The obvious benefit of knowing a second language is being able to converse, read, and write in it so that when you travel to a country that speaks it you can easily get around. But there are actually a surprising amount of health benefits associated with language learning that should make you sit down for at least 30 minutes a day to work on one of your choosing.
Studies have shown that children and adults who learn another language actually have an increased capacity for short term memory storage and are better able to understand new information that is given to them. This means that people who often have to synthesize new information in their jobs and remember it for next day use might be better able to retain and utilize it if they practice a foreign language. If you find yourself struggling to retain new information then increasing your language abilities may use the part of your brain that will help you remember more.
Longer Attention Spans
Short attention spans often lead to wandering minds which makes it difficult for a person to focus on the subject at hand. This can make studying and working extremely hard. Language learning means that you have to switch between two, three or even more languages depending on how many you are learning. When you have to focus on two languages and when to use them it allows you to hone your concentration because there are nuances and words you have to pick up on if you want to understand a situation. This can be applied to work and school as well, so that you are able to focus on specific tasks in allotted time periods.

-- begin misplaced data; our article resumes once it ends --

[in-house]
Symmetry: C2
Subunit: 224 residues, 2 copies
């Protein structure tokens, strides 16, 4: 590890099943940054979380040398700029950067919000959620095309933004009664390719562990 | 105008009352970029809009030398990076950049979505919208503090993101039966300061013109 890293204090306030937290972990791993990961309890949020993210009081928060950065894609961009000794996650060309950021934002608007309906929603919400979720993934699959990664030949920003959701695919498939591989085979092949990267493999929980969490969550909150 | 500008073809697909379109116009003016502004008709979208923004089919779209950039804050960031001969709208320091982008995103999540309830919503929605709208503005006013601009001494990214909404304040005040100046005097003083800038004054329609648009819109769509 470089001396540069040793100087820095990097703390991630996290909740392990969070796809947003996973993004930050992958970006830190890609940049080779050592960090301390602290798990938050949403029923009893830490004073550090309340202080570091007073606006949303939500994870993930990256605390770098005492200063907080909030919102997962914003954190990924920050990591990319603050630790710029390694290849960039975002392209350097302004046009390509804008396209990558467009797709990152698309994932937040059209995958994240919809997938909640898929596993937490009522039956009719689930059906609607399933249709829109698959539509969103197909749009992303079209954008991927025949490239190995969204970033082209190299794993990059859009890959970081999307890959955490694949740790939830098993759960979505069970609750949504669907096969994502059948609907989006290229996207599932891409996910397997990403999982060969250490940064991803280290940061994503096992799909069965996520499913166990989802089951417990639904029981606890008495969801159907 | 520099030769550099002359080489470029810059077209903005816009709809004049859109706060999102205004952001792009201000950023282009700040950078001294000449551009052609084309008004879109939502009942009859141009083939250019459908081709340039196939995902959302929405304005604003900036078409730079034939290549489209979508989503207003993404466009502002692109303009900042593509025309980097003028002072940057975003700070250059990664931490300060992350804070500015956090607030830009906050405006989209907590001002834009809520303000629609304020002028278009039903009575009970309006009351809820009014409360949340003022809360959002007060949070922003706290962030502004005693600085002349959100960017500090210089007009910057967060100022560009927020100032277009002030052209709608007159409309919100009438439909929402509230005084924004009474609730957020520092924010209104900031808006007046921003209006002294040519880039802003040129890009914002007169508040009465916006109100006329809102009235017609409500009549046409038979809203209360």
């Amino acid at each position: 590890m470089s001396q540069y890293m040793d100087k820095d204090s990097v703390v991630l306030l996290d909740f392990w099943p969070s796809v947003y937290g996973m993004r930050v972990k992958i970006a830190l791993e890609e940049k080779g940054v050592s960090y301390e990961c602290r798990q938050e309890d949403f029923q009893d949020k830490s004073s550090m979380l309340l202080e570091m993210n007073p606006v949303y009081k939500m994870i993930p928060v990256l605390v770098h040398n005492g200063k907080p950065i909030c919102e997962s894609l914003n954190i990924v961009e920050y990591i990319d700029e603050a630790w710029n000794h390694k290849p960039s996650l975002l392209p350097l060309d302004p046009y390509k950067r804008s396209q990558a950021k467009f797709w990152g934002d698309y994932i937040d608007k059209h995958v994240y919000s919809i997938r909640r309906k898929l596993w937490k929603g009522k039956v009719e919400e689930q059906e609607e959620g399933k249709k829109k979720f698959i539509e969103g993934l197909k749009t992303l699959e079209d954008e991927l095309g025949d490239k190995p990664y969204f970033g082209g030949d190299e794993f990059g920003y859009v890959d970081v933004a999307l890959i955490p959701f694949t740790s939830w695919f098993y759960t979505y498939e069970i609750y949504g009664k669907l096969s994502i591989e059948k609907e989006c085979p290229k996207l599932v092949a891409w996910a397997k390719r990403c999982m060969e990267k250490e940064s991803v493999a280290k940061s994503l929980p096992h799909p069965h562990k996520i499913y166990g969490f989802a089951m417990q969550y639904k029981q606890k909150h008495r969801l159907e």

Possibly Delay Illnesses Like Dementia
Edinburgh University performed a study on bilingualism and dementia to see if there was a correlation between a later onset of symptoms and the results were that there was. The researchers believe that because the brain has to constantly switch between two or more languages which can mean different alphabets, grammatical structure, and cultural norms meant that the brain was trained to be used differently than those who only speak one language. Obviously, further research is needed but if there is a link between offsetting dementia and learning another language then there is really no harm in giving it a try.
Knowledge is power and simply learning anything new is something to be welcomed, you never know when you might need French, Spanish, Chinese and many other languages!